Claims&Labels

Sugar

Sugar is perceived as a tempting and harmful element of our diet, a slow-acting poison that should never be consumed in excess, and ideally shunned by the health conscious. Among adults sugar is primarily responsible for diabetes and weight gain, and among children for hyperactivity.

Sugar is also believed to be addictive. Excessive consumption creates a craving for even more. Sugar also depresses your immune system, making it difficult to fight off infections. It also affects oneís brain chemistry leading one to confusion, forgetfulness, attention deficit disorder and hyperactivity

Other problems of excessive sugar intake are:

  • Depression
  • Muscle cramps
  • Pre-menstrual syndrome
  • Joint pain
  • Fatigue
  • Insulin resistance

Sugar in food

Sugar in food has two classifications: naturally occurring or added. Items such as milk, fructose in fruit, honey and vegetables and maltose in beer contain naturally occurring sugar. Added sugars originate from corn, beets, grapes, and sugar cane, which are processed before being added to foods. Naturally occurring and added sugar are chemically identical. The body, therefore, cannot tell the difference between them, although, food sources of naturally occurring sugars also provide vitamins and minerals, while foods containing added sugars provide mainly calories and very few vitamins and minerals. For this reason, the calories in added sugar are called "empty calories".

How does sugar make me fat?

After consumption sugar is stored in the liver as glycogen. But the liver can only hold a limited amount. In case of continued ingestion, our system has to find some other place to store it. The liver releases the glycogen to the blood-stream, in the form of fatty acids. The blood takes these fatty acids and stores them in various parts of the body - the belly, the buttocks, the breasts, and the thighs. This leads to obesity.

Does sugar directly cause diabetes?

When one eats, the pancreas sends insulin into the bloodstream. There, the insulin stimulates the cells of the muscles and liver to take in the sugar. Sugar is either:

  • Burned off
  • Stored as starch in the muscles and liver
  • Converted into the fat found in fat cells.

All excess calories, whether from sugar, protein, or fat, are stored. Too many calories of any kind causes weight gain. And weight gain can lead to diabetes. Sugar alone is not responsible, though it is a contributory factor.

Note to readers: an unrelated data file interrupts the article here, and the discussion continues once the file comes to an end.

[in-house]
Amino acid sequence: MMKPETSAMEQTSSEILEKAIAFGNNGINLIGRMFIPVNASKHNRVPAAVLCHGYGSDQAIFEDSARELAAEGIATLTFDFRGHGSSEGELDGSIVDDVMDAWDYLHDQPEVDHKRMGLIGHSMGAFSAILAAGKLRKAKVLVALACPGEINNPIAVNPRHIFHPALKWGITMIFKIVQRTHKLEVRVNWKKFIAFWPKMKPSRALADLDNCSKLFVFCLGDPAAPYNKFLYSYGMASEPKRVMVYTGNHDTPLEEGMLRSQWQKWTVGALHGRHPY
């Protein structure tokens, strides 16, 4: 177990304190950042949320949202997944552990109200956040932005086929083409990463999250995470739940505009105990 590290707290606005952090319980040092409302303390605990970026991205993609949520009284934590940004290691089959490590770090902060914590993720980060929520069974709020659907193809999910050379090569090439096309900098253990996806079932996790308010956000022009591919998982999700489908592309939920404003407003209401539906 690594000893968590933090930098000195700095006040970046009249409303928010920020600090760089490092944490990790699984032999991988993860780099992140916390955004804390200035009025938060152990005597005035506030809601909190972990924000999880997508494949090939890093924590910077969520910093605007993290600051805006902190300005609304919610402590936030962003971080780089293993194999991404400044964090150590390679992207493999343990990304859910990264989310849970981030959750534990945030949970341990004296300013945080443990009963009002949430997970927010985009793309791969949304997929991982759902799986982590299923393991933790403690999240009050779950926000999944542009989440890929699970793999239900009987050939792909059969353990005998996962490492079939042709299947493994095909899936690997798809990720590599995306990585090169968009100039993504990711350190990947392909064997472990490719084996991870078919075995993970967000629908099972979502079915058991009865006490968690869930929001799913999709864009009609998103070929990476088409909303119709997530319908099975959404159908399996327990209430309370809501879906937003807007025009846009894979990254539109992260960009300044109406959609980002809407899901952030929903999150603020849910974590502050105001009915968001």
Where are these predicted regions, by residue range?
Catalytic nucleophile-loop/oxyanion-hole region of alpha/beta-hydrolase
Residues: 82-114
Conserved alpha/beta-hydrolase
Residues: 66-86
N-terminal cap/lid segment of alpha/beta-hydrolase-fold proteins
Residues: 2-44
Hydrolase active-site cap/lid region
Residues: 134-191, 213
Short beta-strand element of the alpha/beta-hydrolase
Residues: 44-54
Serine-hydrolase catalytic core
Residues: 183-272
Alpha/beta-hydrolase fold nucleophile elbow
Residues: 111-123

Does intense sugar craving indicate something serious?

Intense sugar craving is one of the first signs of the onset of diabetes.

How to stop intense sugar craving?

Sugar craving is caused by three factors. One of them is hypoglycaemia (low blood sugar). Since your brainís primary source of fuel is blood sugar, hypoglycaemia will induce an immediate desire for sugar.

It may also be caused if your body is deficient in certain nutrients (particularly minerals). The third reason is conditioning wherein you get into the habit of eating sugar-based foods during a particular time of the day and your brain links the two activities together.

The first two factors need to be treated by correcting the imbalance in the diet. Regarding conditioning, it is best to start by identifying when the sugar cravings occur and what activity you are doing at the same time which has been linked by your brain. Once identified, change the nature of activity by replacing sugar-based items with other types of food.

Is it advisable to remove sugar completely from the diet?

If you are addicted to sugar it should be removed from your diet, but it is not advisable to remove it all at once. One should cut down gradually. Allow your body to gradually recover from its sugar addiction.

How to keep control over sugar intake?

Check out the nutritional content of everything that you eat so that you are aware of exactly how much sugar is going into the body. It is important to be aware that carbohydrates are simple sugars. Awareness of how many grams of carbohydrates are going into the body will discourage anyone from going in for more sugar. Replace pure sugar with a sweetener in as many things as possible. Having all drinks with sweetener instead of sugar can make a very big difference to start with.

What is the alternative to sugar?

Sugar should ideally not be replaced with artificial sweeteners. Instead, try Molasses or Stevia, both of which are natural sweeteners that have added health benefits. Fresh fruit tastes superb and naturally sweet.